Benign paroxysmal vertigo

Benign paroxysmal vertigo /BPS/ is one of the most common causes of dizziness – the sudden feeling that the space around you is spinning or your head is spinning inside.

DPS is characterized by short bouts of mild to severe vertigo.

Symptoms are triggered by specific changes in head position, such as turning the head up or down, or when going very suddenly from lying down to standing.

Although DPS can be very annoying, it is rarely serious, except that it increases the risk of losing balance and falling and thus injury.

What are the symptoms?

• Dizziness;
• Feeling that the affected person is spinning or the space around them is moving /vertigo/;
• Vertigo;
• Unsteadiness;
• Loss of balance;
• Blurred vision associated with feeling dizzy;
• Nausea and vomiting;

In most cases, attacks of DPS last less than a minute, and it is possible for symptoms to reappear after they subside.

Activities that trigger the condition vary from person to person, but almost always result from a change in head position.

Abnormal rhythmic eye movements /nystagmus/ usually accompany DPS symptoms.

When to seek medical help?

Consult with your GP if you experience vertigo intermittently for more than 1 week.

Although dizziness is unlikely to be a sign of a serious illness, seek medical attention immediately if you experience dizziness accompanied by any of the following symptoms:

• Very severe headache that you have never felt before;
• Body temperature above 38 degrees Celsius;
• Double vision or loss of vision;
• Difficulty speaking;
• Feeling of weakness in the limbs;
• Loss of consciousness;
• Sudden falling and difficulty walking;
• Stiffness or numbness;
• Chest pain or fast or slow heart rate;

What are the causes?

In about half of the cases, doctors do not find a cause for the condition. And in other cases, vertigo is associated with a minor or very severe blow to the head.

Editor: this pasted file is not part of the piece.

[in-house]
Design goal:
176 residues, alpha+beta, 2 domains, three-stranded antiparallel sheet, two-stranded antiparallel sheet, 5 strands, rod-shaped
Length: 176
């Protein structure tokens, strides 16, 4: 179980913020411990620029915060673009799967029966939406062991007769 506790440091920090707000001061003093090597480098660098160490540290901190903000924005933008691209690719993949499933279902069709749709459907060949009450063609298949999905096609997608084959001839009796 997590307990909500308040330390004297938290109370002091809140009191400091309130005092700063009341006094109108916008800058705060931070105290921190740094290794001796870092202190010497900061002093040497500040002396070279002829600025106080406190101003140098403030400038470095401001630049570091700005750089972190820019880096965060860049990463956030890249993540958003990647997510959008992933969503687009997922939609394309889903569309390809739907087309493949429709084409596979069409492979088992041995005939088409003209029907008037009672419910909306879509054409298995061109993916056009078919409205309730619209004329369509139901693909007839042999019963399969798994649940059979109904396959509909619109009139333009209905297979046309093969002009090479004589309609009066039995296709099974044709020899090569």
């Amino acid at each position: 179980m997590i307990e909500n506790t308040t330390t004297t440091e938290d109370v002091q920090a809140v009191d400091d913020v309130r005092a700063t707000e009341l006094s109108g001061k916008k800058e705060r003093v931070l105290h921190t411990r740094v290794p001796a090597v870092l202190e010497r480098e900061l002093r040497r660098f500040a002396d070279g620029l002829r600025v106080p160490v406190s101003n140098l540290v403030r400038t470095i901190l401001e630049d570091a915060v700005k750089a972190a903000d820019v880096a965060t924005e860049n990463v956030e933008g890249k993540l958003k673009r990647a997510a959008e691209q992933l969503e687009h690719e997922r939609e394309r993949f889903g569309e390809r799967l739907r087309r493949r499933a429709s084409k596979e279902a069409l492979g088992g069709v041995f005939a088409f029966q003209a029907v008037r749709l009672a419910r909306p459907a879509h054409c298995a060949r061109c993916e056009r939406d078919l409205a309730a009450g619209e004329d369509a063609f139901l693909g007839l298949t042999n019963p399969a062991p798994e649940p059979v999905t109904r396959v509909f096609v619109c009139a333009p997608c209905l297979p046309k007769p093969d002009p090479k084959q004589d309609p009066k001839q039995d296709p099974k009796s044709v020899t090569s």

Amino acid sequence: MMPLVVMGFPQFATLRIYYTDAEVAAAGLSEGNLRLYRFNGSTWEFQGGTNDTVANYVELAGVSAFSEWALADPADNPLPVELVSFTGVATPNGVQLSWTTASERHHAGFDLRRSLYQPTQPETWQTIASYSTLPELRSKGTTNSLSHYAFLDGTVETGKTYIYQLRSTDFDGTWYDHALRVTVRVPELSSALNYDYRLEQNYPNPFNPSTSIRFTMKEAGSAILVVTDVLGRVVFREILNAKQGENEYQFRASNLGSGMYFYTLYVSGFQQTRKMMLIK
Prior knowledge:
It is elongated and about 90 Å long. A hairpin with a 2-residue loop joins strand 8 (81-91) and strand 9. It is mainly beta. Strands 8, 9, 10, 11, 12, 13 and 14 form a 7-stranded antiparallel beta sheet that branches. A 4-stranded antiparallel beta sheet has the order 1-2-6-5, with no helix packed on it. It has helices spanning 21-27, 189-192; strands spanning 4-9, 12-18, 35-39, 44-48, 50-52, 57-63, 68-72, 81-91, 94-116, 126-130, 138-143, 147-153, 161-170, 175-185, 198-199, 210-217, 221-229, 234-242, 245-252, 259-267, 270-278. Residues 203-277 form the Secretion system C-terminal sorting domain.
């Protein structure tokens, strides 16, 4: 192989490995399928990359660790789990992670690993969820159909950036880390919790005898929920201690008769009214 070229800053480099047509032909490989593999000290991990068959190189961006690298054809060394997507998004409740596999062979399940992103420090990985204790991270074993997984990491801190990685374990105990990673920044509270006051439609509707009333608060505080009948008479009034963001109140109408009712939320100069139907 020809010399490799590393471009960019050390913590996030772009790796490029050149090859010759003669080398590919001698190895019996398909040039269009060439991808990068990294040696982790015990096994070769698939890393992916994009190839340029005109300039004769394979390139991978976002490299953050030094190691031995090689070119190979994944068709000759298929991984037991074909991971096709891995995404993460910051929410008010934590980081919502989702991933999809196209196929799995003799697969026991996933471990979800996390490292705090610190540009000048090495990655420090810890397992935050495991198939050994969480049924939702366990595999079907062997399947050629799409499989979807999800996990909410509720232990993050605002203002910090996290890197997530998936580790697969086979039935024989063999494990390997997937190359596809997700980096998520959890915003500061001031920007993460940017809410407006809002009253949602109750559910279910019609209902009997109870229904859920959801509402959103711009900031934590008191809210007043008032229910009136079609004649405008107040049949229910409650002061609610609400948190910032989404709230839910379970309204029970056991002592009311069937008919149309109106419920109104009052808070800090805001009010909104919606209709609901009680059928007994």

Among the less common causes are disease or surgery that damages the inner ear. Vertigo is also associated with migraines.

What are the complications?
DPS very rarely causes complications. In rare cases, when the vertigo attacks are too severe, those affected are at risk of dehydration due to the too frequent vomiting.

Treatment of benign paroxysmal vertigo

Initially, treatment is carried out through several procedures to reposition the otoliths. This is achieved through a few simple movements of the head.

The goal is to move fluid particles from the labyrinth in the inner ear into the vestibule, which is one of the otoliths, where they do not cause balance problems and dizziness and are very easily reabsorbed.

Head is held in one position for 30 seconds after symptoms or abnormal eye movements stop.

Usually 1-2 procedures are effective enough to achieve an effect.

If you experience dizziness due to the condition, keep the following in mind:

• You must be aware of the possibility of falling and serious injury;
• Sit down as soon as you feel dizzy;
• Walk with a cane if you are likely to have a seizure ;
• If you get up at night, it is necessary to provide good lighting in the rooms you pass through.
DPS can repeat even after successful therapy.

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